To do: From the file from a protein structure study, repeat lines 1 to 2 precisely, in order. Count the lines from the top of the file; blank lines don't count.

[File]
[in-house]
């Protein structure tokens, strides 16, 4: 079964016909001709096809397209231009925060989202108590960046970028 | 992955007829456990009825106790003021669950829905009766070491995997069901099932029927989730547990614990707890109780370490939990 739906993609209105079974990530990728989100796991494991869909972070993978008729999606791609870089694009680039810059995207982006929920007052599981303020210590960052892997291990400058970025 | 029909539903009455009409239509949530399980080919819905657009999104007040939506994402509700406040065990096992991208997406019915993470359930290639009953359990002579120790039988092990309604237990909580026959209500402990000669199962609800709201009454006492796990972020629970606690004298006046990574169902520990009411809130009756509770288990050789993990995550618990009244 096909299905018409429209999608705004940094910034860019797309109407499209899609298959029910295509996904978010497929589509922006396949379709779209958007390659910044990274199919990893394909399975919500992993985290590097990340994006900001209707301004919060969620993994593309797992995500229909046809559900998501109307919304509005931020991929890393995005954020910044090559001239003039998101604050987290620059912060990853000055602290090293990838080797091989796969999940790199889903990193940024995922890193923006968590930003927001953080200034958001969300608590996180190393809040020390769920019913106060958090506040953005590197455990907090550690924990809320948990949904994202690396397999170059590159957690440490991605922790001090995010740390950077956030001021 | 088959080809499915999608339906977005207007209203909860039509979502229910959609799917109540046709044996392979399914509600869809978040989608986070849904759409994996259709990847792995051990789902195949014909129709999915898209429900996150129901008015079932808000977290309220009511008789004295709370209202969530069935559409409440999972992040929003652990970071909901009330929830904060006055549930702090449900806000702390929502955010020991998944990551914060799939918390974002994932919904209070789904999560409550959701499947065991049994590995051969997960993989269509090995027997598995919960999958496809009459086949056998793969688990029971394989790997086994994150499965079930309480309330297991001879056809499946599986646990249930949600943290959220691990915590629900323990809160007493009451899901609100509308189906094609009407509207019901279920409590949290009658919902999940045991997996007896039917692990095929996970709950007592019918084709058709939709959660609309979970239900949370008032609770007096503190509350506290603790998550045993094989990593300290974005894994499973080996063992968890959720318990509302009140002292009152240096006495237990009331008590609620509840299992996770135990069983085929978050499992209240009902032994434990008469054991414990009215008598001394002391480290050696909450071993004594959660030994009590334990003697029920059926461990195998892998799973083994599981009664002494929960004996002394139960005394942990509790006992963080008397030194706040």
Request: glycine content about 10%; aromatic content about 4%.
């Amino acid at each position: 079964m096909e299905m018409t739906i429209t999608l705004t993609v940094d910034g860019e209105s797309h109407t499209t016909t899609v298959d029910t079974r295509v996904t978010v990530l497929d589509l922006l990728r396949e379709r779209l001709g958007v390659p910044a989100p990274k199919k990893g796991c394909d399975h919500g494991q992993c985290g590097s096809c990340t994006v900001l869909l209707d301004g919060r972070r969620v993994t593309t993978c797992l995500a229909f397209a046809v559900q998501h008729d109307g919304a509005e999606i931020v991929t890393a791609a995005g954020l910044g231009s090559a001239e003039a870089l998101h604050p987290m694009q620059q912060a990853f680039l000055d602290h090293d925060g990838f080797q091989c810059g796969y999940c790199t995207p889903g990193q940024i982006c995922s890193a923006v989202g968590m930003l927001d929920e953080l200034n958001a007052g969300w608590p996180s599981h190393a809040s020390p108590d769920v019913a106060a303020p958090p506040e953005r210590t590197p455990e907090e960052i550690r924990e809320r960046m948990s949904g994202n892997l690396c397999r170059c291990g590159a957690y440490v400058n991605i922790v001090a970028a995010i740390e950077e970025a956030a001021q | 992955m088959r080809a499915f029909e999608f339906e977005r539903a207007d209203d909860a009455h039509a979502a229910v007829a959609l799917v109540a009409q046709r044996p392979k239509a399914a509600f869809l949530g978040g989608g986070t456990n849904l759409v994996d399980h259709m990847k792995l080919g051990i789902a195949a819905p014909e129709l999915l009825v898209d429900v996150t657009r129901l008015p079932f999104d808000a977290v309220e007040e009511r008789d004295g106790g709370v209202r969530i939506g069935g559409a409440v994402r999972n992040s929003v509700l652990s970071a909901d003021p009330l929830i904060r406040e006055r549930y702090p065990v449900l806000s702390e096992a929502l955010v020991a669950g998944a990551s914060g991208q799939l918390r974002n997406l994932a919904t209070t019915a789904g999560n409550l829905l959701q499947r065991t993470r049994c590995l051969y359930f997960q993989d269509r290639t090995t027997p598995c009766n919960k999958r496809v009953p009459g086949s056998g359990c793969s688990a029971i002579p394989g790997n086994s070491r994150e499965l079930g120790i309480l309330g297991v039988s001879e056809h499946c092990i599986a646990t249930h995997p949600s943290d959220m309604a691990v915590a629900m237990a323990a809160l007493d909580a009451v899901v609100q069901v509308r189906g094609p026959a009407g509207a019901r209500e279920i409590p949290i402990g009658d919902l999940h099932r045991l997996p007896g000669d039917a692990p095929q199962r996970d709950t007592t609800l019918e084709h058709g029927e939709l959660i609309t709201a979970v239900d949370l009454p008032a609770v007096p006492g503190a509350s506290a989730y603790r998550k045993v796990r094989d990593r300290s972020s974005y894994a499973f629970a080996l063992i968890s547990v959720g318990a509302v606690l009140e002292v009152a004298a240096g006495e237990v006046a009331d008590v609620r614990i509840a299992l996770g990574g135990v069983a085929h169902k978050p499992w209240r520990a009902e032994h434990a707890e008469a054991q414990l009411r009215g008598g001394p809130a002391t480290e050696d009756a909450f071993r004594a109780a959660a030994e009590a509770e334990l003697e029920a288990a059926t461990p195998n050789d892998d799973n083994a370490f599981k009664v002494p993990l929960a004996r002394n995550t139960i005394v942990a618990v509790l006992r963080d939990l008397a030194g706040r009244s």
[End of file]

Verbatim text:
[in-house]
């Protein structure tokens, strides 16, 4: 079964016909001709096809397209231009925060989202108590960046970028 | 992955007829456990009825106790003021669950829905009766070491995997069901099932029927989730547990614990707890109780370490939990 739906993609209105079974990530990728989100796991494991869909972070993978008729999606791609870089694009680039810059995207982006929920007052599981303020210590960052892997291990400058970025 | 029909539903009455009409239509949530399980080919819905657009999104007040939506994402509700406040065990096992991208997406019915993470359930290639009953359990002579120790039988092990309604237990909580026959209500402990000669199962609800709201009454006492796990972020629970606690004298006046990574169902520990009411809130009756509770288990050789993990995550618990009244 096909299905018409429209999608705004940094910034860019797309109407499209899609298959029910295509996904978010497929589509922006396949379709779209958007390659910044990274199919990893394909399975919500992993985290590097990340994006900001209707301004919060969620993994593309797992995500229909046809559900998501109307919304509005931020991929890393995005954020910044090559001239003039998101604050987290620059912060990853000055602290090293990838080797091989796969999940790199889903990193940024995922890193923006968590930003927001953080200034958001969300608590996180190393809040020390769920019913106060958090506040953005590197455990907090550690924990809320948990949904994202690396397999170059590159957690440490991605922790001090995010740390950077956030001021 | 088959080809499915999608339906977005207007209203909860039509979502229910959609799917109540046709044996392979399914509600869809978040989608986070849904759409994996259709990847792995051990789902195949014909129709999915898209429900996150129901008015079932808000977290309220009511008789004295709370209202969530069935559409409440999972992040929003652990970071909901009330929830904060006055549930702090449900806000702390929502955010020991998944990551914060799939918390974002994932919904209070789904999560409550959701499947065991049994590995051969997960993989269509090995027997598995919960999958496809009459086949056998793969688990029971394989790997086994994150499965079930309480309330297991001879056809499946599986646990249930949600943290959220691990915590629900323990809160007493009451899901609100509308189906094609009407509207019901279920409590949290009658919902999940045991997996007896039917692990095929996970709950007592019918084709058709939709959660609309979970239900949370008032609770007096503190509350506290603790998550045993094989990593300290974005894994499973080996063992968890959720318990509302009140002292009152240096006495237990009331008590609620509840299992996770135990069983085929978050499992209240009902032994434990008469054991414990009215008598001394002391480290050696909450071993004594959660030994009590334990003697029920059926461990195998892998799973083994599981009664002494929960004996002394139960005394942990509790006992963080008397030194706040």